Board Layout



It has been quite a while since DFI released a new LANParty board with all the bells and whistles. Lately the new DFI boards seem to be LANParty UT - basically a LANParty board without the FrontX unit and Carrying harness. Since there are no full-blown LANParty versions of any of these recent boards, DFI should probably just drop the LANParty name since it no longer has any real meaning in their product line. The DFI CFX3200-DR is selling for over $200, however, which is still a LANParty price tag.



The DFI CFX3200-DR uses the ULi M1575 south bridge instead of the SB450 that was used on the RDX200. That means full support for 4 SATA2 devices, and fully competitive USB performance with 8 USB 2.0 ports. Of the current choices available to ATI chipset builders the ULi looks like the best choice. There are concerns about continued availability since NVIDIA bought ULi. Manufacturers fear that NVIDIA will limit or stop distribution of the M1575 Southbridge. Despite NVIDIA and ULi assurances it certainly appears that the M1575 is getting harder and harder to find these days. The good news is that the updated ATI SB600 with a much updated feature set is now sampling. With the SB600 expected at AM2 launch in a few weeks manufacturers will finally have a competitive ATI SB option for use with the RD580 Northbridge.

DFI decided to pass on the 2-chip NVIDIA dual X16 solution, so this CFX3200-DR is their first and only dual X16 board. Careful thought went into the X16 slot spacing, as DFI chose the 2-slot spacing to allow plenty of room for GPU cooling options.

Click to enlarge

Appearance of the board is typical LANParty, with Day-Glo slots and matching neon cables. This is a love/hate kind of thing - some love the LANParty look while others prefer a more sedate appearance. The functional layout, on the other hand, is one that should work well for any system builder.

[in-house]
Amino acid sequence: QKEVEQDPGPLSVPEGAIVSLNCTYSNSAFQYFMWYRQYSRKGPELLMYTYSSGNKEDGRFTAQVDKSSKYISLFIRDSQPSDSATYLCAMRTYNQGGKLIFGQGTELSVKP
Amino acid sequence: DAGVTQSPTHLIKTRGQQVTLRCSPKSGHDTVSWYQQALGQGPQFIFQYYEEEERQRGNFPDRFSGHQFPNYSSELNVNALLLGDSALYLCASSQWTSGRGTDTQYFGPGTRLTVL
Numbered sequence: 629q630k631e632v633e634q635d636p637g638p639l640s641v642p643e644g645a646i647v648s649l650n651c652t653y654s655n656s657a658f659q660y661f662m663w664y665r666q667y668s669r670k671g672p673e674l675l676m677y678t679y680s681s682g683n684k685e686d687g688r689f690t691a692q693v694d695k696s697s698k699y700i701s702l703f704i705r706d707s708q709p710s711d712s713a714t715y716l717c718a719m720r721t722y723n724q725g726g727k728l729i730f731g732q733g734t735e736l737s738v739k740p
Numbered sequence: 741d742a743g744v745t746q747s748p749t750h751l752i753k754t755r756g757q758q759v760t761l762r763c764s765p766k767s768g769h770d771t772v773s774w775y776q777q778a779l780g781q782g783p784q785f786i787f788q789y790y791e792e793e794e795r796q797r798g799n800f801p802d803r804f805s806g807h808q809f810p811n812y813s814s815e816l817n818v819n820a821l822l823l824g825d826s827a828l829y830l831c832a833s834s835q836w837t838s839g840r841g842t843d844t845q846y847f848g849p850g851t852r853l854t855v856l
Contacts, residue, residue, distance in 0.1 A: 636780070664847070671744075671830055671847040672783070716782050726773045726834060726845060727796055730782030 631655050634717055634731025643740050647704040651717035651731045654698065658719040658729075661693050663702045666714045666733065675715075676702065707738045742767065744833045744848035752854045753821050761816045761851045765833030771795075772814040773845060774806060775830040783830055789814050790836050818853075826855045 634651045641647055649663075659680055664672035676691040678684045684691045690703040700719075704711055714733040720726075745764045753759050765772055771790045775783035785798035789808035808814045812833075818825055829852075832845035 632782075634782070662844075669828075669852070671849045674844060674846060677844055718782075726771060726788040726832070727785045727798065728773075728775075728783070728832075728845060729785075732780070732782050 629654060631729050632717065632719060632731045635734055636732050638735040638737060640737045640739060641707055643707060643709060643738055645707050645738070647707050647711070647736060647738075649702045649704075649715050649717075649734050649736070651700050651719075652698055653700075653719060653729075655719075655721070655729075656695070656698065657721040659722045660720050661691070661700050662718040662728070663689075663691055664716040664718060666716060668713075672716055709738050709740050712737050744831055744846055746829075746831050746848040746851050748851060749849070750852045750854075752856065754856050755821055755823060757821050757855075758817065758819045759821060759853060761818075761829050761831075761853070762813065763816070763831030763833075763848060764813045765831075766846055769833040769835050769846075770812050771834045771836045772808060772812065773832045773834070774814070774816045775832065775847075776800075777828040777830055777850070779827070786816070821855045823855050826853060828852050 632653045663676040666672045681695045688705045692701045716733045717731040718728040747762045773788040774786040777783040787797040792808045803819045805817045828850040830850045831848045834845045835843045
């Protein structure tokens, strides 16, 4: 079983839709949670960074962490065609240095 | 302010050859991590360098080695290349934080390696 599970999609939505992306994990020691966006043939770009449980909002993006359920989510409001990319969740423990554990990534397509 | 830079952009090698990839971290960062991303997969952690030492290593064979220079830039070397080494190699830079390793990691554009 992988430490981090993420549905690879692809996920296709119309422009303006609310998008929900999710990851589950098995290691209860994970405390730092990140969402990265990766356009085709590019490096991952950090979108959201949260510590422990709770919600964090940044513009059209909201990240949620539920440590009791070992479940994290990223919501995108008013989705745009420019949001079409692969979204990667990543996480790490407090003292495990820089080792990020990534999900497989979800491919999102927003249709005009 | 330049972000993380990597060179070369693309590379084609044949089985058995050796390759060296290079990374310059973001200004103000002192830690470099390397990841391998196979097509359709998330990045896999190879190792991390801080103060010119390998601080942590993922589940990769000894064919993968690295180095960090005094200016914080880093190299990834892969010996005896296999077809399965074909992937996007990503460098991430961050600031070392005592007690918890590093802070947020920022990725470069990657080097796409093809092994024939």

IDE/Floppy connectors are on the preferred right edge of the board, but it will be easiest to connect the floppy edge connector before screwing down the board.



Both the 24-pin ATX and the robust 8-pin 12v connectors are at the right board edge, out of the way of CPU and memory cooling.



Memory is in an unusual location, between the back IO ports and the CPU. This is not a common location but it works just as well as the more common location to the right of the CPU. Since the AM2 version will be the same except for DDR2 slots it will be interesting to see if DDR2 memory trace design may have influenced this new location. With many systems now using rear case fans, the RAM location may also provide for better cooling of the DIMMs, so while different the change certainly isn't bad.



Firewire has been ignored by DFI on many recent boards, but that is not the case on the CFX3200. A rear firewire port is included as well as a header for an additional IEEE1394 port. Firewire is driven by the VIA VT6307 chip. Some Firewire users would probably still like to see 1394B support, but 1394A is better than nothing.



As in previous LANParty motherboards, DFI has isolated HD audio on their ATI chipset designs to improve performance and signal-to-noise ratio. The Karajan module provides 8-channel High Definition Azalia audio using the Realtek ALC882. The Realtek is a well-regarded High Definition codec that has performed well in recent tests. Realtek has been upgrading their HD drivers frequently, and each new version seems to improve the performance a bit more. You can find more information on ALC882 HD at Realtek's site.

The ALC882 has superb specifications, providing five 24-bit stereo DACs and three 20-bit stereo DACs driving the multimedia features. All DACs provide sample rates to 192kHz and up to 4 channels of microphone input are supported. Signal-to Noise ratio is specified to be greater than 103dB. Realtek features the ALC882 as a premium HD part.



It is a real puzzle that DFI continues to use the Silicon Image 3114 SATA controller on their motherboards. This chip only supports the older SATA spec of 1.5Gb/s, and it has not been a stellar performer in our earlier reviews. With so many excellent and more recent choices available from Silicon Image, it appears DFI must have a warehouse full of these chips to get rid of. Better choices would have been the 3132 or the 4-channel version of that chip. The use of the SIL3114 is not a critical problem on the CFX3200 because the ULi M1575 does provide 4 SATA2 3Gb/s channels for SATA drives. It is just odd the SATA add-on chosen would be the older, less featured 3114.